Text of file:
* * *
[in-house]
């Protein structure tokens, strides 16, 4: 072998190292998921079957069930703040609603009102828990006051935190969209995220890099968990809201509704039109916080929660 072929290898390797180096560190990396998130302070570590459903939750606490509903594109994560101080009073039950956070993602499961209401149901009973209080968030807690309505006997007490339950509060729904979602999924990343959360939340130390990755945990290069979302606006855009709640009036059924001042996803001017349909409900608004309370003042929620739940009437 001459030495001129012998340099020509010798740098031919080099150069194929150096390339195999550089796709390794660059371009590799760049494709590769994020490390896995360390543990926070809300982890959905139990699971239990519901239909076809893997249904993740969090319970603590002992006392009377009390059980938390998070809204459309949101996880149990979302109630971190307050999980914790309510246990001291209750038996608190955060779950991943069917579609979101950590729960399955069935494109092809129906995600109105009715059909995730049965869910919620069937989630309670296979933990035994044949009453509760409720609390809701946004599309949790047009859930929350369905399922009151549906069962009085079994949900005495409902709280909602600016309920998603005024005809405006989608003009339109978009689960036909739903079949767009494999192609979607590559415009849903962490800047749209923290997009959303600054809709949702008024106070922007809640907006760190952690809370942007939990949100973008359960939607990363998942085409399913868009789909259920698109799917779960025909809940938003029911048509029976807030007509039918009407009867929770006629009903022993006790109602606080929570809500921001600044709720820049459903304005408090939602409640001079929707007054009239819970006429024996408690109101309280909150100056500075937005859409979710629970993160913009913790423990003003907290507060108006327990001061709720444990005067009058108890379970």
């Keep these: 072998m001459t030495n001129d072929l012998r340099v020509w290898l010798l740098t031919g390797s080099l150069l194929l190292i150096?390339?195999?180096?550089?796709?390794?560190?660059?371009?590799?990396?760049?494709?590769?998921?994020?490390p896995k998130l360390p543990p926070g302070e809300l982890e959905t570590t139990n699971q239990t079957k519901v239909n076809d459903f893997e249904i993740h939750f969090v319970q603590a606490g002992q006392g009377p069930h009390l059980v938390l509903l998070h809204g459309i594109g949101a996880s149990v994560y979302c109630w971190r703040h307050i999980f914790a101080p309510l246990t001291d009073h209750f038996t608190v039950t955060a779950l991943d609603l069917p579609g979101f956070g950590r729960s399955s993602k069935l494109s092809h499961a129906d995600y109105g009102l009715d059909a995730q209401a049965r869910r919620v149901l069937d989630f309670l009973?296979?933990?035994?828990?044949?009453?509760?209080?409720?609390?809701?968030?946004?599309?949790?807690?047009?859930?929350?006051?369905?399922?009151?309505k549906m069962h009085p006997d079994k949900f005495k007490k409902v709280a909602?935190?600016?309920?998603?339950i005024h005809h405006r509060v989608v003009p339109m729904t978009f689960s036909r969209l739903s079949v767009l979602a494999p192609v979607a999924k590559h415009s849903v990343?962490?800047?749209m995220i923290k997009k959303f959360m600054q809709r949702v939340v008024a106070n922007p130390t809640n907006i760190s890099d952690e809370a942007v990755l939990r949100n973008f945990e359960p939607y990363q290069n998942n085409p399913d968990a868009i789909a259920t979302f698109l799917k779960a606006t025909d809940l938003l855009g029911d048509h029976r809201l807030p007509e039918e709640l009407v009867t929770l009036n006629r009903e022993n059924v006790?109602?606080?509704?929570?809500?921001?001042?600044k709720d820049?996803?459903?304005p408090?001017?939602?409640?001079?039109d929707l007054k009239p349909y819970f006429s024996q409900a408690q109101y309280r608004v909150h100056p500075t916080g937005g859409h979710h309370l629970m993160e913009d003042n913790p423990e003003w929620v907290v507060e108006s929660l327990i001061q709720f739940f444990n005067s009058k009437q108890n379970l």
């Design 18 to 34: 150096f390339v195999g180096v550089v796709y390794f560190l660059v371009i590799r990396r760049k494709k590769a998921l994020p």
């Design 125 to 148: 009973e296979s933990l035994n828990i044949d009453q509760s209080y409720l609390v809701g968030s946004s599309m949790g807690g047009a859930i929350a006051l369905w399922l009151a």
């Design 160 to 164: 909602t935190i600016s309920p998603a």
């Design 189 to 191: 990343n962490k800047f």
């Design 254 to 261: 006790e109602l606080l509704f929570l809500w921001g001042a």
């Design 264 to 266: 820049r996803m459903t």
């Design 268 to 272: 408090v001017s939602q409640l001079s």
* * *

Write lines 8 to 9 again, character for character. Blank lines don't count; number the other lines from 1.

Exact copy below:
């Design 254 to 261: 006790e109602l606080l509704f929570l809500w921001g001042a």
């Design 264 to 266: 820049r996803m459903t």